• If you are one of the cluster operators, continue to the next step.

Step 3: Run the Distributed Key Generation (DKG) ceremony


For the DKG to complete, all operators need to be running the command simultaneously. It helps if operators can agree on a certain time or schedule a video call for them to all run the command together.

  1. Once all operators successfully signed, your screen will automatically advance to the next step and look like this. Click Continue. (If you closed the tab, you can always go back to the invite link shared by the leader and connect your wallet.)

Config Signing Success

  1. Copy and run the docker command on the screen into your terminal. It will retrieve the remote cluster details and begin the DKG process.

    Run the DKG

  2. Assuming the DKG is successful, a number of artefacts will be created in the .charon folder of the node. These include:

    • A deposit-data.json file. This contains the information needed to activate the validator on the Ethereum network.
    • A cluster-lock.json file. This contains the information needed by Charon to operate the distributed validator cluster with its peers.
    • A validator_keys/ folder. This folder contains the private key shares and passwords for the created distributed validators.

Please make sure to create a backup of your .charon/ folder. If you lose your private keys you won't be able to start the DV cluster successfully and may risk your validator deposit becoming unrecoverable. Ensure every operator has their .charon folder securely and privately backed up before activating any validators.


The cluster-lock and deposit-data files are identical for each operator, if lost, they can be copied from one operator to another.

Now that the DKG has been completed, all operators can start their nodes.

Step 4: Start your Distributed Validator Node

With the DKG ceremony over, the last phase before activation is to prepare your node for validating over the long term.

The CDVN repository is configured to sync an execution layer client (Nethermind) and a consensus layer client (Lighthouse) using Docker Compose. You can also leverage alternative ways to run a node such as Ansible, Helm, or Kubernetes manifests.

Currently, the CDVN repo configures a node for the Holesky testnet. It is possible to choose a different network (another testnet, or mainnet) by overriding the .env file. From within the charon-distributed-validator-node directory:

.env.sample is a sample environment file that allows overriding default configuration defined in docker-compose.yml. Uncomment and set any variable to override its value.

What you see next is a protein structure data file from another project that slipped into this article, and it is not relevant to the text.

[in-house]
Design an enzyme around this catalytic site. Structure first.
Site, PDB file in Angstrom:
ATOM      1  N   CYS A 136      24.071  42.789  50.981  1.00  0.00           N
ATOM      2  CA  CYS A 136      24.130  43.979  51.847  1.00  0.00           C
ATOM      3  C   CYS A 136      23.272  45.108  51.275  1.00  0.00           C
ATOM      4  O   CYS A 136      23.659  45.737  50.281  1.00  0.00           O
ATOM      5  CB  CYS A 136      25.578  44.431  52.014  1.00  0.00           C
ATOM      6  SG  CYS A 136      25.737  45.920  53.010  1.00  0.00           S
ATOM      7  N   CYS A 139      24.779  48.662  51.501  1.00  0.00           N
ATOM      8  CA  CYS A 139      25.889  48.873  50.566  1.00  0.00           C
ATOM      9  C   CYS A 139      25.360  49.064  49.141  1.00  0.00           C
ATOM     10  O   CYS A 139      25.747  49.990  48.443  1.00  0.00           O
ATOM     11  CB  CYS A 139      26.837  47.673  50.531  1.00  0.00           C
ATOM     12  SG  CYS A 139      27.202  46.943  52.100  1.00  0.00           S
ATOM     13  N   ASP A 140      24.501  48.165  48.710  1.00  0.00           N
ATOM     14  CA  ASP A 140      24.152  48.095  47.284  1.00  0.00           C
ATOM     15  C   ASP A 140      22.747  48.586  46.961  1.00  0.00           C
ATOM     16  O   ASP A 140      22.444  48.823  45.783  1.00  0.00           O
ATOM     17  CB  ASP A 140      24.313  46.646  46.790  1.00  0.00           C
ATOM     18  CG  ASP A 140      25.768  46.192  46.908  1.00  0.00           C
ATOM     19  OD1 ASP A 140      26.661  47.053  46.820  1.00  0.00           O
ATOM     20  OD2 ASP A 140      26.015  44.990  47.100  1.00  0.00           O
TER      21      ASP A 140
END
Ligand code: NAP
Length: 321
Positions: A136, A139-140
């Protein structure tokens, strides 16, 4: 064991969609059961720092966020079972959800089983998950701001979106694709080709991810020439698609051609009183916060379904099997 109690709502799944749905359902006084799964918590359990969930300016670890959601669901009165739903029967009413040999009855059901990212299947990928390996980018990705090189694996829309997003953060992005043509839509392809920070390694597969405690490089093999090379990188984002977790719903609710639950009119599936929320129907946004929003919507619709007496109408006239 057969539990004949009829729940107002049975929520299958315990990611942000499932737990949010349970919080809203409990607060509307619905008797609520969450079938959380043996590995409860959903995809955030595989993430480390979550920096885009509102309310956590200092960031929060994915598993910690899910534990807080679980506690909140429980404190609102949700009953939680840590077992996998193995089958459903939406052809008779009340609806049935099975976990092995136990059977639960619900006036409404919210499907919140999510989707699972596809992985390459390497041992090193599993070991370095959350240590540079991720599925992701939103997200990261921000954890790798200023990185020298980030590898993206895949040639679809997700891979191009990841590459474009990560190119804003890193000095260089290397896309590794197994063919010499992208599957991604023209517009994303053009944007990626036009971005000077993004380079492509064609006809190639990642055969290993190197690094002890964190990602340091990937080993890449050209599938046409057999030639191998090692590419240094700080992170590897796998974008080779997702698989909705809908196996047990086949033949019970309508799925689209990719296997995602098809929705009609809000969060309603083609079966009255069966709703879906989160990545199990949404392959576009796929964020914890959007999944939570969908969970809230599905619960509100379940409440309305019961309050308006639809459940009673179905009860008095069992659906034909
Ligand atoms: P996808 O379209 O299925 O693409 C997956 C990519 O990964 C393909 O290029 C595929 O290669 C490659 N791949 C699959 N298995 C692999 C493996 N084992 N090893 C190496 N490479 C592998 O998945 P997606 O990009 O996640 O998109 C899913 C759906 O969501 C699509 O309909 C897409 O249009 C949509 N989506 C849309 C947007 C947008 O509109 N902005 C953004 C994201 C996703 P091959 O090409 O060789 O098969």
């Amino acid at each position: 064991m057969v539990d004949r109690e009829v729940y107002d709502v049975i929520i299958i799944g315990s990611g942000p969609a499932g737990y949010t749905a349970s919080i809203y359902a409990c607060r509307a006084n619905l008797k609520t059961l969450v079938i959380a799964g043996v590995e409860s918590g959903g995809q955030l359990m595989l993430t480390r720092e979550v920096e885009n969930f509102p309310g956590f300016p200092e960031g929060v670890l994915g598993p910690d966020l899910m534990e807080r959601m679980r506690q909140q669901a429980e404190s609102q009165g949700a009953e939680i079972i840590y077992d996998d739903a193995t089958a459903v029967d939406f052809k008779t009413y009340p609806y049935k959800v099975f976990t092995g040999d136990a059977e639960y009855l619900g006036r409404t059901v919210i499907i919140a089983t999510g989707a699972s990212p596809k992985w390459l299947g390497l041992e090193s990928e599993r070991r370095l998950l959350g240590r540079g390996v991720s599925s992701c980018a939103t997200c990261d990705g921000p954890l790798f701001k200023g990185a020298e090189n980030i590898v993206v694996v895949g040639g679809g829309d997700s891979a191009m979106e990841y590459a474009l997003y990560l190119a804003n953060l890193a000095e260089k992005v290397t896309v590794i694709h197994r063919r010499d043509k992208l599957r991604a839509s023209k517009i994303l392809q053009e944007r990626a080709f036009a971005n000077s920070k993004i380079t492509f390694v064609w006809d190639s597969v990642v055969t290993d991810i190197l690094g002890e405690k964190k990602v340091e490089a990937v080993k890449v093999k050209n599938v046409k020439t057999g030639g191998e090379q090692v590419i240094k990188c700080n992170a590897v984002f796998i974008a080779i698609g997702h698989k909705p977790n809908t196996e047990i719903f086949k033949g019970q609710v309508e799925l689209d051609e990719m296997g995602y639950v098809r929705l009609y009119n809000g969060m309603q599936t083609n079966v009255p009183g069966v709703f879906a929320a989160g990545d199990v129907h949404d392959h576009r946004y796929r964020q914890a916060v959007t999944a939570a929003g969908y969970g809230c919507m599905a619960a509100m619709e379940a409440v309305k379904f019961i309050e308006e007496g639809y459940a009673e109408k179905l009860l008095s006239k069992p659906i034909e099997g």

Setup the desired inputs for the DV, including the network you wish to operate on. Check the Charon CLI reference for additional optional flags to set.

# Copy ".env.sample", renaming it ".env"
cp .env.sample .env

If you manually update docker compose to mount lighthouse from your locally synced ~/.lighthouse, the whole chain database may get deleted. It'd be best not to manually update as lighthouse checkpoint-syncs so the syncing doesn't take much time.


If you have a nethermind node already synced, you can simply copy over the directory. For example: cp -r ~/.ethereum/goerli data/nethermind. This makes everything faster since you start from a synced nethermind node.

# Delete lighthouse data if it exists
rm -r ./data/lighthouse

# Spin up a Distributed Validator Node with a Validator Client
docker compose up -d

If at any point you need to turn off your node, you can run:

# Shut down the currently running Distributed Validator Node
docker compose down

You should use the Grafana dashboard that accompanies the quickstart repo to see whether your cluster is healthy.

# Open Grafana dashboard
open http://localhost:3000/d/d6qujIJVk/

In particular you should check:

  • That your Charon client can connect to the configured beacon client.
  • That your Charon client can connect to all peers directly.
  • That your validator client is connected to Charon, and has the private keys it needs loaded and accessible.

Most components in the dashboard have some help text there to assist you in understanding your cluster performance.

You might notice that there are logs indicating that a validator cannot be found and that APIs are returning 404. This is to be expected at this point, as the validator public keys listed in the lock file have not been deposited and acknowledged on the consensus layer yet (usually it takes ~16 hours after the deposit is made).


In a Distributed Validator Cluster, it is important to have a low latency connection to your peers. Charon clients will use the NAT protocol to attempt to establish a direct connection to one another automatically. If this doesn't happen, you should port forward Charon's p2p port to the public internet to facilitate direct connections. The default port to expose is :3610. Read more about Charon's networking here.

If you have gotten to this stage, every node is up, synced and connected, congratulations. You can now move forward to activating your validator to begin staking.